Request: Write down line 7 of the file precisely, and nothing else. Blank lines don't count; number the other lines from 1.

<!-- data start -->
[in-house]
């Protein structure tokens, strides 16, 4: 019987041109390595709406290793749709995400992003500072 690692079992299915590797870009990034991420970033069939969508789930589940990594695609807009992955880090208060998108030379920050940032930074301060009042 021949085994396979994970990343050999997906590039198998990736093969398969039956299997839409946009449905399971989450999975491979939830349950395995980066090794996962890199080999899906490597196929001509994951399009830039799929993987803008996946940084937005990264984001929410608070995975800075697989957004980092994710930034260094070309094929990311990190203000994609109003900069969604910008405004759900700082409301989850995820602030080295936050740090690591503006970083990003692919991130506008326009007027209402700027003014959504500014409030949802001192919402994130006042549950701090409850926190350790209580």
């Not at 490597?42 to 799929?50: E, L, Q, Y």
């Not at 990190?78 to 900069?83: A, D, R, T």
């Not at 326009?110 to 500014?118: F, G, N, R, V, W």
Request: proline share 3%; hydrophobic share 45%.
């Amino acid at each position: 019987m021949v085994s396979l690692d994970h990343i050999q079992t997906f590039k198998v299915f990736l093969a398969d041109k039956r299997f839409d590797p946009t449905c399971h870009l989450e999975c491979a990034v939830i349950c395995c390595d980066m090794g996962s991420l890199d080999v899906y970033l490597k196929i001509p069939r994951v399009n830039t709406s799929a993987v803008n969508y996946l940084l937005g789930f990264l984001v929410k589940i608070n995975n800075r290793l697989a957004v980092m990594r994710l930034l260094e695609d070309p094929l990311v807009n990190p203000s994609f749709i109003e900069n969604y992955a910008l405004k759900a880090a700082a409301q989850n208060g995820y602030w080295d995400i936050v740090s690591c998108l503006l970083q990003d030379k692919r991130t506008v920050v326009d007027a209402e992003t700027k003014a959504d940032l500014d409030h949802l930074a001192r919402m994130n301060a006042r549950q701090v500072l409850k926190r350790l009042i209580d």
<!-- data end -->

């Amino acid at each position: 019987m021949v085994s396979l690692d994970h990343i050999q079992t997906f590039k198998v299915f990736l093969a398969d041109k039956r299997f839409d590797p946009t449905c399971h870009l989450e999975c491979a990034v939830i349950c395995c390595d980066m090794g996962s991420l890199d080999v899906y970033l490597k196929i001509p069939r994951v399009n830039t709406s799929a993987v803008n969508y996946l940084l937005g789930f990264l984001v929410k589940i608070n995975n800075r290793l697989a957004v980092m990594r994710l930034l260094e695609d070309p094929l990311v807009n990190p203000s994609f749709i109003e900069n969604y992955a910008l405004k759900a880090a700082a409301q989850n208060g995820y602030w080295d995400i936050v740090s690591c998108l503006l970083q990003d030379k692919r991130t506008v920050v326009d007027a209402e992003t700027k003014a959504d940032l500014d409030h949802l930074a001192r919402m994130n301060a006042r549950q701090v500072l409850k926190r350790l009042i209580d």